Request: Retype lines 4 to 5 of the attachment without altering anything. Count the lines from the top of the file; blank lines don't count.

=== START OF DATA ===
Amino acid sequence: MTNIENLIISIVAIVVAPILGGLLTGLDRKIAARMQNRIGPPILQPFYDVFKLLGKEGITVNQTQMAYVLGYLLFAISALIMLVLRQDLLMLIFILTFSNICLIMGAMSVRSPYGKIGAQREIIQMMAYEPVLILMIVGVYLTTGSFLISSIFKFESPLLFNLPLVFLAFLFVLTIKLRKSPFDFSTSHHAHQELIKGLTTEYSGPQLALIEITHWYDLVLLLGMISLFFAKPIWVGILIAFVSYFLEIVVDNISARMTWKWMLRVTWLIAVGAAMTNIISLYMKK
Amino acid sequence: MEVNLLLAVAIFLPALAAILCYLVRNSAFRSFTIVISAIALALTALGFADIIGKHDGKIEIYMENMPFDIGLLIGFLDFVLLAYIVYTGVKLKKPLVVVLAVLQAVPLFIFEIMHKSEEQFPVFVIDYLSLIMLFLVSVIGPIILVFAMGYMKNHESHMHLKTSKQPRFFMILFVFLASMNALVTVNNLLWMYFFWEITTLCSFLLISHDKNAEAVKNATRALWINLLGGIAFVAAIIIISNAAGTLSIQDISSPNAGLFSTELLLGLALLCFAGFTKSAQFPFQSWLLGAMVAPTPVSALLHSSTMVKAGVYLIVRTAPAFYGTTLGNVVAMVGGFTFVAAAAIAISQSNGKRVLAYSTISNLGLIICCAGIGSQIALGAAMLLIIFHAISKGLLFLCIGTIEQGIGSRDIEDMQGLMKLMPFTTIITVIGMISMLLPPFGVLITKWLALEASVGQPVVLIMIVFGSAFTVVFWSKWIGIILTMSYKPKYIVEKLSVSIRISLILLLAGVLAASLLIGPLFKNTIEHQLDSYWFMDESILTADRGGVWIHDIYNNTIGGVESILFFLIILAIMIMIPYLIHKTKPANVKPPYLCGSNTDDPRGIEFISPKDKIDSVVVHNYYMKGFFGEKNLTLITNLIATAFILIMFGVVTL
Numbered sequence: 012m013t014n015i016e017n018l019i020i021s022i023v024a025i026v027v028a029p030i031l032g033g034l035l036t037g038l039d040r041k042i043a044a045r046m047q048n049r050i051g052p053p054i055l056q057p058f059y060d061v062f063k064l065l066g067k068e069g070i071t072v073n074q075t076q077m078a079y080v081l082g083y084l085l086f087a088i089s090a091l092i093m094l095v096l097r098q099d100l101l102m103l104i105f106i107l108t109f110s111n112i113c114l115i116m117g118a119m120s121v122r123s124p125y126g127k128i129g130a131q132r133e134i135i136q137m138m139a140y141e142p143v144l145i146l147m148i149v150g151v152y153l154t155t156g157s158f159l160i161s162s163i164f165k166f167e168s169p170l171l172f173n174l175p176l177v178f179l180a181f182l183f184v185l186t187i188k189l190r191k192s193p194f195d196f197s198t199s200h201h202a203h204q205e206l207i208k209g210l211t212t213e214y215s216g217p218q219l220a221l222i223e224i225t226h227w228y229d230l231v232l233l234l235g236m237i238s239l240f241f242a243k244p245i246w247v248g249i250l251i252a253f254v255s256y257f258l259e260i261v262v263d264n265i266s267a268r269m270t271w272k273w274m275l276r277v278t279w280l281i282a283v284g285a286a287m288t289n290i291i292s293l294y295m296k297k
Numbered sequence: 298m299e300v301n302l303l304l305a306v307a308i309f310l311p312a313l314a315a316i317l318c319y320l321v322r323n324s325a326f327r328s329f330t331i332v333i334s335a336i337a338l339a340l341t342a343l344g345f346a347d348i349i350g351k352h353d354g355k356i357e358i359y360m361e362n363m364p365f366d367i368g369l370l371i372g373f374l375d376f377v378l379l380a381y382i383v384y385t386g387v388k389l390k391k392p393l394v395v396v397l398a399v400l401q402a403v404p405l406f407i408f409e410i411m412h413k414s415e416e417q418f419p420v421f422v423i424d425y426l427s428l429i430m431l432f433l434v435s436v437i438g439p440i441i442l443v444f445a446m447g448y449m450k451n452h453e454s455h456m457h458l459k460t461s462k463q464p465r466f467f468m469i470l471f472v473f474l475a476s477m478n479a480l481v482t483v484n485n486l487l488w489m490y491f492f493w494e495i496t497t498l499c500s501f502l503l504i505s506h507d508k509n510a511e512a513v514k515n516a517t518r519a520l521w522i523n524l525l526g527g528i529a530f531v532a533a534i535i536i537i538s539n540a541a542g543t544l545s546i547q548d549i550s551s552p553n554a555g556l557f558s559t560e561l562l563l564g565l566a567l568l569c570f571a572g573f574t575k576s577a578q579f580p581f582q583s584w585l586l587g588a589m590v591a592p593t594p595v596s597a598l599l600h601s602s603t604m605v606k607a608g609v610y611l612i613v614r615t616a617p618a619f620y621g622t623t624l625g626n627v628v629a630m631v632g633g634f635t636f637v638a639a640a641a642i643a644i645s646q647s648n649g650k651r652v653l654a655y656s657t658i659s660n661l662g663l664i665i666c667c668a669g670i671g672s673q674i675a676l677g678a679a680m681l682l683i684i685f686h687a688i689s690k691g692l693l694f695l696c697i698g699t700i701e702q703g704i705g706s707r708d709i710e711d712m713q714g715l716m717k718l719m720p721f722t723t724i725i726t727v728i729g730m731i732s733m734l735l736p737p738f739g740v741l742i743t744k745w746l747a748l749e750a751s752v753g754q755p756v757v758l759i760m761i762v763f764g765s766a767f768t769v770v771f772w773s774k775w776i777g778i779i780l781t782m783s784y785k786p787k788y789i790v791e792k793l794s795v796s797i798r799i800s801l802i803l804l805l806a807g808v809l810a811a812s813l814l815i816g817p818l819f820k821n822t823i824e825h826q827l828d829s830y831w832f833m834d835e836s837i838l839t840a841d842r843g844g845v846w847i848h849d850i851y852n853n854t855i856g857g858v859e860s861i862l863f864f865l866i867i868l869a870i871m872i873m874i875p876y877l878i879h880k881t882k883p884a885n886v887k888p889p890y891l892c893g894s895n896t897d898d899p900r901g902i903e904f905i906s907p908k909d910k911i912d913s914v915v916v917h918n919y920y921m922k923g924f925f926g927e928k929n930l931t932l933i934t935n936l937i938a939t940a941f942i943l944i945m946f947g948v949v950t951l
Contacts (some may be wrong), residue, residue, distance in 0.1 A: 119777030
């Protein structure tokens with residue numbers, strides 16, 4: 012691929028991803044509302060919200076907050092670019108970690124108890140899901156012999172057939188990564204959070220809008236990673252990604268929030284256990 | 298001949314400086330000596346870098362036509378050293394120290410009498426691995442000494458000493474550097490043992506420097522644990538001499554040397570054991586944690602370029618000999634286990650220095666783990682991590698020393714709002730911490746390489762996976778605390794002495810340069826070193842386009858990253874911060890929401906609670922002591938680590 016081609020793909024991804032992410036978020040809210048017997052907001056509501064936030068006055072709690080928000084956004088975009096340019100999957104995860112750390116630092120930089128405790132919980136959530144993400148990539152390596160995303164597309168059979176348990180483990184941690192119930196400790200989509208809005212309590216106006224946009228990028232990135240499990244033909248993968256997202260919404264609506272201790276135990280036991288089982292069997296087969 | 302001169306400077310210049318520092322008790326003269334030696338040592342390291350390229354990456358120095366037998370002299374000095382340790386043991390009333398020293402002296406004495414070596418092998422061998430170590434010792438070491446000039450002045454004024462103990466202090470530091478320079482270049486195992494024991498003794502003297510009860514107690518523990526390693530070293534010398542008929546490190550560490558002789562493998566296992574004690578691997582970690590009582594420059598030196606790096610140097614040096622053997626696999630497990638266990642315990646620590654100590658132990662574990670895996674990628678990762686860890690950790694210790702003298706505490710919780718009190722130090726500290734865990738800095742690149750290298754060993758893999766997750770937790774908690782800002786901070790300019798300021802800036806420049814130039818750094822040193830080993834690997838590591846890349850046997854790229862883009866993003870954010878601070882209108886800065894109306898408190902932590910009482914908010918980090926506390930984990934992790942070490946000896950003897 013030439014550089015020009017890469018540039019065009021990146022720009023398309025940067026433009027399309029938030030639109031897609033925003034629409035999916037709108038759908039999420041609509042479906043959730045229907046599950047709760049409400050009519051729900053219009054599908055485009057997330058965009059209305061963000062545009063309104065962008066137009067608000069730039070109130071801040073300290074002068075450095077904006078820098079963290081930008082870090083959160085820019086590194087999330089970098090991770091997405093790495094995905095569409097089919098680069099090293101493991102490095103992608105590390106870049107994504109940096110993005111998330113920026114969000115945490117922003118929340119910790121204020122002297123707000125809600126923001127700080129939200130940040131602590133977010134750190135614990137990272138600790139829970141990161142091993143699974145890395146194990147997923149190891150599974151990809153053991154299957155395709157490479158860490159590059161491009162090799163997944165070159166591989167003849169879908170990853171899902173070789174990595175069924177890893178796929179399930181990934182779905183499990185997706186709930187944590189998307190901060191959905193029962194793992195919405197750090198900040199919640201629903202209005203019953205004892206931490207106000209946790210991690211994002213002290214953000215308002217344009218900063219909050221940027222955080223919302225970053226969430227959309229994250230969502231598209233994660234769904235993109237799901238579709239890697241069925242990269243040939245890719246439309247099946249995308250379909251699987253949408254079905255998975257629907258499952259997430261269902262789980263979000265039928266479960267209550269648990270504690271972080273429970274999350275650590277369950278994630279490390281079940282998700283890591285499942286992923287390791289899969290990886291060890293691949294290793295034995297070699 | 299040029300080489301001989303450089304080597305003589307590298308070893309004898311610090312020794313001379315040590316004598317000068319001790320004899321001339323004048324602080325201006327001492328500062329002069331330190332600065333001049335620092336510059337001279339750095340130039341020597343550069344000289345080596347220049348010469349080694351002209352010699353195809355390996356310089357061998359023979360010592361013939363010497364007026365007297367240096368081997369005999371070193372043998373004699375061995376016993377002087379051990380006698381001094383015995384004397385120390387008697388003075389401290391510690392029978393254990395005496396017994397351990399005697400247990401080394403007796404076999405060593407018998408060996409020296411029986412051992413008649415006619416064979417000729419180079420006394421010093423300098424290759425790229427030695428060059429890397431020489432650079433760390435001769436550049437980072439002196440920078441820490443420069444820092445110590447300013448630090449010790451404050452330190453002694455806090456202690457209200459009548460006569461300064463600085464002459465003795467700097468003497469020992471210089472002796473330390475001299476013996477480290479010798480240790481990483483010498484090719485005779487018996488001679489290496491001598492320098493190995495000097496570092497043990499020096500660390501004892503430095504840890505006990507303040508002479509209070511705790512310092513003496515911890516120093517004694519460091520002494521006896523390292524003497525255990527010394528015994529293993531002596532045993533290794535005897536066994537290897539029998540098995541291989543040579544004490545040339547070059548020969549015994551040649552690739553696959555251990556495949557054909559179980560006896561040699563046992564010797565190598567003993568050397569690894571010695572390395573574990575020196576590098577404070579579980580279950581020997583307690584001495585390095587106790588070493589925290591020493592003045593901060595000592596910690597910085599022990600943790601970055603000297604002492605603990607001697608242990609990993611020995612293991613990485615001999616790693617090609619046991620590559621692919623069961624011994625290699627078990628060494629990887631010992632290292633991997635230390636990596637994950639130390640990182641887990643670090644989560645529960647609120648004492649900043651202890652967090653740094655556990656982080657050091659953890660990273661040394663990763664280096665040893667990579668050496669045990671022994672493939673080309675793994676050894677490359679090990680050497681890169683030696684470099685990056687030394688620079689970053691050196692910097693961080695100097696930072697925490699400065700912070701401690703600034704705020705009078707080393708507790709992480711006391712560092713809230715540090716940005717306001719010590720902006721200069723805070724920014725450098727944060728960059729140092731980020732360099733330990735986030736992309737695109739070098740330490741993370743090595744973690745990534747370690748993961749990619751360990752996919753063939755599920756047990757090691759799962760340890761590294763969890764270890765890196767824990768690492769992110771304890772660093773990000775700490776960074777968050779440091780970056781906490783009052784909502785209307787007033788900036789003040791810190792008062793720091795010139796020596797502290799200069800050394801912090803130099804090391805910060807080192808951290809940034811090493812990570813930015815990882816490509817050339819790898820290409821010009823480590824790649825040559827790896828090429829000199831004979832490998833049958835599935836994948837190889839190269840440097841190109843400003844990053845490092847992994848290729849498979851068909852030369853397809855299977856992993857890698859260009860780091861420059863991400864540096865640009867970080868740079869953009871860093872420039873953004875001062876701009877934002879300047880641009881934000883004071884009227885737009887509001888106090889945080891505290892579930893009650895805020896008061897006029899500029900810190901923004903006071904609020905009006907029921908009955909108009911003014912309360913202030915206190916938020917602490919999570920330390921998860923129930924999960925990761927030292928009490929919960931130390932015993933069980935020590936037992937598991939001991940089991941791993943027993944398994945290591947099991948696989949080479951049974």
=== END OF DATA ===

Numbered sequence: 298m299e300v301n302l303l304l305a306v307a308i309f310l311p312a313l314a315a316i317l318c319y320l321v322r323n324s325a326f327r328s329f330t331i332v333i334s335a336i337a338l339a340l341t342a343l344g345f346a347d348i349i350g351k352h353d354g355k356i357e358i359y360m361e362n363m364p365f366d367i368g369l370l371i372g373f374l375d376f377v378l379l380a381y382i383v384y385t386g387v388k389l390k391k392p393l394v395v396v397l398a399v400l401q402a403v404p405l406f407i408f409e410i411m412h413k414s415e416e417q418f419p420v421f422v423i424d425y426l427s428l429i430m431l432f433l434v435s436v437i438g439p440i441i442l443v444f445a446m447g448y449m450k451n452h453e454s455h456m457h458l459k460t461s462k463q464p465r466f467f468m469i470l471f472v473f474l475a476s477m478n479a480l481v482t483v484n485n486l487l488w489m490y491f492f493w494e495i496t497t498l499c500s501f502l503l504i505s506h507d508k509n510a511e512a513v514k515n516a517t518r519a520l521w522i523n524l525l526g527g528i529a530f531v532a533a534i535i536i537i538s539n540a541a542g543t544l545s546i547q548d549i550s551s552p553n554a555g556l557f558s559t560e561l562l563l564g565l566a567l568l569c570f571a572g573f574t575k576s577a578q579f580p581f582q583s584w585l586l587g588a589m590v591a592p593t594p595v596s597a598l599l600h601s602s603t604m605v606k607a608g609v610y611l612i613v614r615t616a617p618a619f620y621g622t623t624l625g626n627v628v629a630m631v632g633g634f635t636f637v638a639a640a641a642i643a644i645s646q647s648n649g650k651r652v653l654a655y656s657t658i659s660n661l662g663l664i665i666c667c668a669g670i671g672s673q674i675a676l677g678a679a680m681l682l683i684i685f686h687a688i689s690k691g692l693l694f695l696c697i698g699t700i701e702q703g704i705g706s707r708d709i710e711d712m713q714g715l716m717k718l719m720p721f722t723t724i725i726t727v728i729g730m731i732s733m734l735l736p737p738f739g740v741l742i743t744k745w746l747a748l749e750a751s752v753g754q755p756v757v758l759i760m761i762v763f764g765s766a767f768t769v770v771f772w773s774k775w776i777g778i779i780l781t782m783s784y785k786p787k788y789i790v791e792k793l794s795v796s797i798r799i800s801l802i803l804l805l806a807g808v809l810a811a812s813l814l815i816g817p818l819f820k821n822t823i824e825h826q827l828d829s830y831w832f833m834d835e836s837i838l839t840a841d842r843g844g845v846w847i848h849d850i851y852n853n854t855i856g857g858v859e860s861i862l863f864f865l866i867i868l869a870i871m872i873m874i875p876y877l878i879h880k881t882k883p884a885n886v887k888p889p890y891l892c893g894s895n896t897d898d899p900r901g902i903e904f905i906s907p908k909d910k911i912d913s914v915v916v917h918n919y920y921m922k923g924f925f926g927e928k929n930l931t932l933i934t935n936l937i938a939t940a941f942i943l944i945m946f947g948v949v950t951l
Contacts (some may be wrong), residue, residue, distance in 0.1 A: 119777030